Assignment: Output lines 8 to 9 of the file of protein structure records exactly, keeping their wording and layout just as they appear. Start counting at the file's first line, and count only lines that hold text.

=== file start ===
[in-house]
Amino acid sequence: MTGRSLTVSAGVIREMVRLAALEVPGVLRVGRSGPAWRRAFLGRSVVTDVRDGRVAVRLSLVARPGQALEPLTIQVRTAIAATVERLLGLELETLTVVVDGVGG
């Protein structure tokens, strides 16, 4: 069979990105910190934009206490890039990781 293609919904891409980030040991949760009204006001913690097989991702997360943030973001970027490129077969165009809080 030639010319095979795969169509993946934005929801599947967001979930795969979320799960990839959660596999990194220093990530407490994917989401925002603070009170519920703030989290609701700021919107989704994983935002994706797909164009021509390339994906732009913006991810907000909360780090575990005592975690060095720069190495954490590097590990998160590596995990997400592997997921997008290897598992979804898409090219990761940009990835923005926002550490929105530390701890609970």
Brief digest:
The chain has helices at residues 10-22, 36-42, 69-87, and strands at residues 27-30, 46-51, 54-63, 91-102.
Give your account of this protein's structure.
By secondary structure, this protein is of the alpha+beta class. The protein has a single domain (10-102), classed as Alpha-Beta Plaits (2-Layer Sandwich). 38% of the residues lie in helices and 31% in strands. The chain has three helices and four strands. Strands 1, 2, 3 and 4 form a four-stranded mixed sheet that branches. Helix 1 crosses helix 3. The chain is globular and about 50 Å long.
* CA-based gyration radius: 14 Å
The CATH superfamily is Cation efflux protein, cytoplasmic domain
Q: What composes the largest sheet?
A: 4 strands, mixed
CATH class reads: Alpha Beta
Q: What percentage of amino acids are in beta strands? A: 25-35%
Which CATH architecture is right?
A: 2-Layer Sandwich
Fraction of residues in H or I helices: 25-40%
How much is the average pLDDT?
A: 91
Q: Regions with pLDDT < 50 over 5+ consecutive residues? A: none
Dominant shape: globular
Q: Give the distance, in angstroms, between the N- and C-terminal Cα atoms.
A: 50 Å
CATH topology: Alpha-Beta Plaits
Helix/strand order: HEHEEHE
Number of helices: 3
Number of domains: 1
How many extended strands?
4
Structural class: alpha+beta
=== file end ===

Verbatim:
* CA-based gyration radius: 14 Å
The CATH superfamily is Cation efflux protein, cytoplasmic domain